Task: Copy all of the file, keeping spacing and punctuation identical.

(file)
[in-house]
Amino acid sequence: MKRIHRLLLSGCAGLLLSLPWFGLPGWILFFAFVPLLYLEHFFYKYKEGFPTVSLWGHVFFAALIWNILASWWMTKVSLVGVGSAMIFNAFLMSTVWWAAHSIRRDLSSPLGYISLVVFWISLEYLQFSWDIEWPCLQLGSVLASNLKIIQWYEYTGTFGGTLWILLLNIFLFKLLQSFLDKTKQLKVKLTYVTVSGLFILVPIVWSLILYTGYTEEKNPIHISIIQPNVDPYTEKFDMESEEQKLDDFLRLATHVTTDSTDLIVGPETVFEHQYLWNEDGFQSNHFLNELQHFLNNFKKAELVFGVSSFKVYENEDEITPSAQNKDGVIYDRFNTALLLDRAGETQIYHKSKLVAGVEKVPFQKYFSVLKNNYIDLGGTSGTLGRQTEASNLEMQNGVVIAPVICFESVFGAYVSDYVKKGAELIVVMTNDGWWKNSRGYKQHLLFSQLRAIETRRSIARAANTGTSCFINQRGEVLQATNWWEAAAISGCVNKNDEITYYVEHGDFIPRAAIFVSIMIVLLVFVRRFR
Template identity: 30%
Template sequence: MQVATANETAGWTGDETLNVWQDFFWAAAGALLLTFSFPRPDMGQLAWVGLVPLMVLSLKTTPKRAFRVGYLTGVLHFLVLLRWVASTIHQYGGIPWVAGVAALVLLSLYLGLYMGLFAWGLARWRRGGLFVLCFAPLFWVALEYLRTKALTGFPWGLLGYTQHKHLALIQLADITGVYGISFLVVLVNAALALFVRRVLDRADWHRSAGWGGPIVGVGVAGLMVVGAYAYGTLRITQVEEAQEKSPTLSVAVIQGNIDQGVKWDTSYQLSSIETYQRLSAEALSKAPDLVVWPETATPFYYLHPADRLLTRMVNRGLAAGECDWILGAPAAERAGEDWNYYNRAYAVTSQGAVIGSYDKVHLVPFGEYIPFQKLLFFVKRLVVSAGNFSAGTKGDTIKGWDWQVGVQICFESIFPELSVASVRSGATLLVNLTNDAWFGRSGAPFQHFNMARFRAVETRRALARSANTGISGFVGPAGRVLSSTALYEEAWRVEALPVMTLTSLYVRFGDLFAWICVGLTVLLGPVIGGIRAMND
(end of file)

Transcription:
[in-house]
Amino acid sequence: MKRIHRLLLSGCAGLLLSLPWFGLPGWILFFAFVPLLYLEHFFYKYKEGFPTVSLWGHVFFAALIWNILASWWMTKVSLVGVGSAMIFNAFLMSTVWWAAHSIRRDLSSPLGYISLVVFWISLEYLQFSWDIEWPCLQLGSVLASNLKIIQWYEYTGTFGGTLWILLLNIFLFKLLQSFLDKTKQLKVKLTYVTVSGLFILVPIVWSLILYTGYTEEKNPIHISIIQPNVDPYTEKFDMESEEQKLDDFLRLATHVTTDSTDLIVGPETVFEHQYLWNEDGFQSNHFLNELQHFLNNFKKAELVFGVSSFKVYENEDEITPSAQNKDGVIYDRFNTALLLDRAGETQIYHKSKLVAGVEKVPFQKYFSVLKNNYIDLGGTSGTLGRQTEASNLEMQNGVVIAPVICFESVFGAYVSDYVKKGAELIVVMTNDGWWKNSRGYKQHLLFSQLRAIETRRSIARAANTGTSCFINQRGEVLQATNWWEAAAISGCVNKNDEITYYVEHGDFIPRAAIFVSIMIVLLVFVRRFR
Template identity: 30%
Template sequence: MQVATANETAGWTGDETLNVWQDFFWAAAGALLLTFSFPRPDMGQLAWVGLVPLMVLSLKTTPKRAFRVGYLTGVLHFLVLLRWVASTIHQYGGIPWVAGVAALVLLSLYLGLYMGLFAWGLARWRRGGLFVLCFAPLFWVALEYLRTKALTGFPWGLLGYTQHKHLALIQLADITGVYGISFLVVLVNAALALFVRRVLDRADWHRSAGWGGPIVGVGVAGLMVVGAYAYGTLRITQVEEAQEKSPTLSVAVIQGNIDQGVKWDTSYQLSSIETYQRLSAEALSKAPDLVVWPETATPFYYLHPADRLLTRMVNRGLAAGECDWILGAPAAERAGEDWNYYNRAYAVTSQGAVIGSYDKVHLVPFGEYIPFQKLLFFVKRLVVSAGNFSAGTKGDTIKGWDWQVGVQICFESIFPELSVASVRSGATLLVNLTNDAWFGRSGAPFQHFNMARFRAVETRRALARSANTGISGFVGPAGRVLSSTALYEEAWRVEALPVMTLTSLYVRFGDLFAWICVGLTVLLGPVIGGIRAMND